Actually, the reason Michael is commonly thought to be the GOAT is because his defense lived up to its reputation. With even average defense he wouldn't have a prayer against accomplished big men like KAJ, Hakeem, and Shaq. Not sure what you're talking about.

That's not true at all. Michael was a very good defender, but certainly not one of the greatest all-time perimeter defenders. Hell, he was the third best defender on the Bulls at any given time! The reason he's the greatest player in NBA history is because he was an unstoppable offensive juggernaut both in the regular season and postseason.

Think about this for a second... the man is first in league history in points per game, WS/48 and PER in the regular season AND postseason. Throw that in with all of his legendary postseason moments and the six rings in six championship tries, and that's why the guy is considered the GOAT. Defense doesn't really hurt his case, but it also doesn't matter much, either.

flea
01-21-2014, 09:36 PM
3rd best defender on the Bulls? Pippen was great, but I'm not sure he was a better on-ball defender than Jordan, at least for the first part of his career.. It was the man to man days, and it was usually Jordan on the other team's best perimeter threat. Hell, the reason Wade is probably a top 5 SG is his defense. A large part of why Jordan got those rings was because of his defense.

And please get out with that PER ****.

mightybosstone
01-21-2014, 09:46 PM
3rd best defender on the Bulls? Pippen was great, but I'm not sure he was a better on-ball defender than Jordan, at least for the first part of his career.. It was the man to man days, and it was usually Jordan on the other team's best perimeter threat. Hell, the reason Wade is probably a top 5 SG is his defense. A large part of why Jordan got those rings was because of his defense.
In terms of defense, I'd take Grant and Pippen over Jordan on those early 90s Bulls teams and Pippen and Rodman over Jordan on the late 90s Bulls teams.


And please get out with that PER ****.
Why exactly? Just because you've refused to acknowledge the relevance of advanced statistics, the rest of the world is supposed to?

Hawkeye15
01-21-2014, 09:47 PM
3rd best defender on the Bulls? Pippen was great, but I'm not sure he was a better on-ball defender than Jordan, at least for the first part of his career.. It was the man to man days, and it was usually Jordan on the other team's best perimeter threat. Hell, the reason Wade is probably a top 5 SG is his defense. A large part of why Jordan got those rings was because of his defense.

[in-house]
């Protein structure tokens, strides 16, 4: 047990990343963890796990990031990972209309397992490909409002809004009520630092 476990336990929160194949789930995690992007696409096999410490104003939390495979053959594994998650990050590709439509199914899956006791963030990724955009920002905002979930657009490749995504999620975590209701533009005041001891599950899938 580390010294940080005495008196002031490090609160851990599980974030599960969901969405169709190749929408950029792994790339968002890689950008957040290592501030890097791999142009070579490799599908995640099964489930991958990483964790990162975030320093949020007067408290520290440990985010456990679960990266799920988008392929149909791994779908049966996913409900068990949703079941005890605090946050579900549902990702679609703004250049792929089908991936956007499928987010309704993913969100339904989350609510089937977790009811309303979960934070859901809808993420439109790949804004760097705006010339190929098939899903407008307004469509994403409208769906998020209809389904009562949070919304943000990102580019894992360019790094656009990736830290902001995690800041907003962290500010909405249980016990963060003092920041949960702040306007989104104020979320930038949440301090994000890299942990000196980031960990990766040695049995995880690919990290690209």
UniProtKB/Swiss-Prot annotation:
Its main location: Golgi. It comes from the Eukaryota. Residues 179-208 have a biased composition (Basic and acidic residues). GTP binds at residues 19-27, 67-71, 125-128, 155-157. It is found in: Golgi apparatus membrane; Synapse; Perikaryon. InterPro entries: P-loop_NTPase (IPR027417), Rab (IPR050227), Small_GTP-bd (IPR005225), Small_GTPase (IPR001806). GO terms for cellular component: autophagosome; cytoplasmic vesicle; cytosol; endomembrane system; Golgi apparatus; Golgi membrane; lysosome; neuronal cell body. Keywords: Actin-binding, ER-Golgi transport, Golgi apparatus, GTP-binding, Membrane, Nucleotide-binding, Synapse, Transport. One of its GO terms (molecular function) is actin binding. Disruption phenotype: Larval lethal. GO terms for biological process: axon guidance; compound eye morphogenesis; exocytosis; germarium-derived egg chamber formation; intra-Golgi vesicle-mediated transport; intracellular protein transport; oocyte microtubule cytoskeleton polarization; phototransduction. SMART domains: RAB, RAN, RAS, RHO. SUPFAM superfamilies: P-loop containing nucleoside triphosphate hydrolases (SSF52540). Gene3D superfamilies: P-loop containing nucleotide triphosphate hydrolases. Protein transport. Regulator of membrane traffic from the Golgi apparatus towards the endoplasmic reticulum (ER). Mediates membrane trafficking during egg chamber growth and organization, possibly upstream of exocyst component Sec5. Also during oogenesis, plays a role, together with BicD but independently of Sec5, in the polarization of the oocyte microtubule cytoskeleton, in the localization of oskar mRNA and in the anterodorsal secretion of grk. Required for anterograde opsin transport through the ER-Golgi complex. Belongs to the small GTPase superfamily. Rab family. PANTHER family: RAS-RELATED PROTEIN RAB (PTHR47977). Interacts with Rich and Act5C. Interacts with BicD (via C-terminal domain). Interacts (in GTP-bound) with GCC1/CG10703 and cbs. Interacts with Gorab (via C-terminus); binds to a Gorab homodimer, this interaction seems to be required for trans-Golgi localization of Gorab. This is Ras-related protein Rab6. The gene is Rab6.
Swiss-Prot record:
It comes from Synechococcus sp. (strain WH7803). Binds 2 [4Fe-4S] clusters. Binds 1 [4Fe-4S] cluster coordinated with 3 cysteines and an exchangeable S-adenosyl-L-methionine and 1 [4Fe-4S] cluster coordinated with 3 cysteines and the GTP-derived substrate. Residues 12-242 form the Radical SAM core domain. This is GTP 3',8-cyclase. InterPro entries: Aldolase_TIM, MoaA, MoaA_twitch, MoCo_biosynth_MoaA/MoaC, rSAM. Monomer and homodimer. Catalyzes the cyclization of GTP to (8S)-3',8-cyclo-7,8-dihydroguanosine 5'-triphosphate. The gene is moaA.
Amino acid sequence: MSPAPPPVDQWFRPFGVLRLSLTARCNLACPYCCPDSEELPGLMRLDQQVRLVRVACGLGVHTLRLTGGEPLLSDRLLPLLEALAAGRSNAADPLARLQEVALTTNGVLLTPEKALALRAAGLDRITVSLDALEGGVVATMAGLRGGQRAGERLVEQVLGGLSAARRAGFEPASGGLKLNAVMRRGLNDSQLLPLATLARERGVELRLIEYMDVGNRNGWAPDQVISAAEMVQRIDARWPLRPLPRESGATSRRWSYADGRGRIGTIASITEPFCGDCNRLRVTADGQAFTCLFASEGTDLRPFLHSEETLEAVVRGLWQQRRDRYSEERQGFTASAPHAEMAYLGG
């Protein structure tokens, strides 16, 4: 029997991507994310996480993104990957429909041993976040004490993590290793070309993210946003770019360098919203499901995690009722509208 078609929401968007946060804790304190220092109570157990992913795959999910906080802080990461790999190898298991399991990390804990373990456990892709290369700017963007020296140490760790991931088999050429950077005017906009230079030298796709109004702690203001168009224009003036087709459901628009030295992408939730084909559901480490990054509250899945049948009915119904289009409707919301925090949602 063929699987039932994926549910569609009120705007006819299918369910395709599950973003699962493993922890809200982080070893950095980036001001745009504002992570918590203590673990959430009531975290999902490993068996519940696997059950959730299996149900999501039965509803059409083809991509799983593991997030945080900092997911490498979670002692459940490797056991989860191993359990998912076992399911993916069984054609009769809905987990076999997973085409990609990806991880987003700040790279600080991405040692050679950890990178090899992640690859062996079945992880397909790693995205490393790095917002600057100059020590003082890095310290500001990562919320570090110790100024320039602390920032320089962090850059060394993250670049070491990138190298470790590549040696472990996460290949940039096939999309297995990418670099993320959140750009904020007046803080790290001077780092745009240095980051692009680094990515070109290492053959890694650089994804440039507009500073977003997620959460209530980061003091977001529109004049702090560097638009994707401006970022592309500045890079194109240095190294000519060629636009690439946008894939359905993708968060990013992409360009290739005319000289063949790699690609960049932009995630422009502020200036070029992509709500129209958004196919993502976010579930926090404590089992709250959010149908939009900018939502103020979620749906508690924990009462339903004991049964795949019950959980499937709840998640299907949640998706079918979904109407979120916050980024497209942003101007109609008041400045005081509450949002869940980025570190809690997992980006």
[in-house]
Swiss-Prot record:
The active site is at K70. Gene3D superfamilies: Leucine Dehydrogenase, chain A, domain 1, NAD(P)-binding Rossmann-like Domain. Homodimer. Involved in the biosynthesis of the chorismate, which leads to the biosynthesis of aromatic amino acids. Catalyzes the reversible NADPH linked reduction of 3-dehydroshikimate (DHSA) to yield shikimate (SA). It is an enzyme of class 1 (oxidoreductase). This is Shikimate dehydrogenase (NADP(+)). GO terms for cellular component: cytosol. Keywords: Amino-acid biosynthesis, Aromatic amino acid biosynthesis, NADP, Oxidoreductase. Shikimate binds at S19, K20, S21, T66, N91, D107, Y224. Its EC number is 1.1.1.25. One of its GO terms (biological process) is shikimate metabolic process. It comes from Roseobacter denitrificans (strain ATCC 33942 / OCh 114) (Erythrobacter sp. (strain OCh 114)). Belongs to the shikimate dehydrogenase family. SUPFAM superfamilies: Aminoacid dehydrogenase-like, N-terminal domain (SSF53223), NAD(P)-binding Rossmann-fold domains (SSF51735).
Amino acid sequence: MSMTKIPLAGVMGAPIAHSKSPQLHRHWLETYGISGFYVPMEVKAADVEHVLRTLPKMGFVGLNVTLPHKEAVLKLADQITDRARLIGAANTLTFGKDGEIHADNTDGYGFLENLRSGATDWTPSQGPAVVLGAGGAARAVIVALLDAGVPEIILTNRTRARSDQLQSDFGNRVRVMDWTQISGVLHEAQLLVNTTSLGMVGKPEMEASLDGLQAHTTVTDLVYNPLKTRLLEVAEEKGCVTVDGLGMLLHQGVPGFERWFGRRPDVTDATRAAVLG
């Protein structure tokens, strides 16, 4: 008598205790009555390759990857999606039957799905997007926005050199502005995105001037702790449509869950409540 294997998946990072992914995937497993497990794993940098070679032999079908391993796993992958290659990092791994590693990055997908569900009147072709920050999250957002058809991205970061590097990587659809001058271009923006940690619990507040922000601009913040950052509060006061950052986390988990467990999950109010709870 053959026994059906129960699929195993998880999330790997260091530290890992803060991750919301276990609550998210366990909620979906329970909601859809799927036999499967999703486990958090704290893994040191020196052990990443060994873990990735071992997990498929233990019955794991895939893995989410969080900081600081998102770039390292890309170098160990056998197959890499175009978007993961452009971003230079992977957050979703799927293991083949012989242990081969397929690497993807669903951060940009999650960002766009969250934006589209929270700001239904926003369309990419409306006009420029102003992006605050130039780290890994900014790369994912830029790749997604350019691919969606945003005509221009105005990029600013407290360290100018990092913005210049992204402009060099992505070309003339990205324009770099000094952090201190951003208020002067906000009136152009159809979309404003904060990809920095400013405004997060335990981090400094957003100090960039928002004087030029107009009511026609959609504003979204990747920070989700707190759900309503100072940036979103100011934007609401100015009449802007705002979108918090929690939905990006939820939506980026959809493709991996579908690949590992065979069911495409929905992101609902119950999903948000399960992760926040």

And please get out with that PER ****.

Rodman was better in his years too. The Bulls defense was full of defenders in the chip era. Cartwright was excellent as well, as was Horace.

flea
01-21-2014, 10:18 PM
I've got no problem with advanced statistics, just PER.

Pierre The Poet
01-21-2014, 11:30 PM
Kobe is right but he acting like he hasnt benefited greatly by the way the game is played now

What's he gonna do? Go up to the refs and tell them to stop calling fouls on him?

hidalgo
01-22-2014, 12:04 AM
i find this incredible he'd admit this, because this is his era. he didn't play in the hand checking, tough nba he's talking about(maybe his first few years). he basically all but admitted the rules now made it far more easy to score for him, vs what MJ dealt with. probably the most humble thing i've heard him say. certainly his 81 point game & 62 in 3 Q were a product of this softer nba & it's rules. he couldn't have pulled that off in the 90s or 80s, they'd have been 50-56 point games most likely. woah, still stunned he said this about his own era, but he's never been more right

hidalgo
01-22-2014, 12:13 AM
Kobe is right but he acting like he hasnt benefited greatly by the way the game is played now
i think he benefited from the 01 & 04 rule changes the most, by far. i'm sure he knows that

Kobe, Iverson, Tmac, hell even Stackhouse's numbers skyrockted once the 2000-01 rule changes were in effect, & it got even easier after the04 rule changes

TheMightyHumph
01-22-2014, 12:36 AM
http://m.espn.go.com/nba/story?storyId=10325177&city=chicago

Kobe on how the rules have changed the game:

"It's more of a finesse game," Bryant said before the Lakers played the Chicago Bulls on Monday. "It's more small ball, which, personally, I don't really care much for. I like kind of smash-mouth, old-school basketball because that's what I grew up watching. I also think it's much, much less physical. Some of the flagrant fouls that I see called nowadays, it makes me nauseous. You can't touch a guy without it being a flagrant foul."

Kobe on hand-checking:

"I like the contact," Bryant said. "As a defensive player, if you enjoy playing defense, that's what you want. You want to be able to put your hands on a guy. You want to be able to hand check a little bit. The truth is, it makes the game [where] players have to be more skillful. Nowadays, literally anybody can get out there and get to the basket and you can't touch anybody. Back then, if guys put their hands on you, you had to have the skill to be able to go both ways, change direction, post up, you had to have a mid-range game because you didn't want to go all the way to the basket because you would get knocked *** over tea kettle. So I think playing the game back then required much more skill."

On One and Done:

"We probably see players that came out of high school were much more successful on average than players that went to college for a year," Bryant said. "It seems like the system really isn't teaching players anything when they go to college. You go to college, you play, you're showcased and you come to the pros. That's always been the big argument: As a player, you have to go to college, you have to develop your skills and so forth and so on and then come to the league. So, we kind of got sold on that, sold on that dream a little bit and, fortunately, I didn't really listen too much to it. Neither did KG [Kevin Garnett], neither did LeBron [James] and that worked out pretty well for our careers."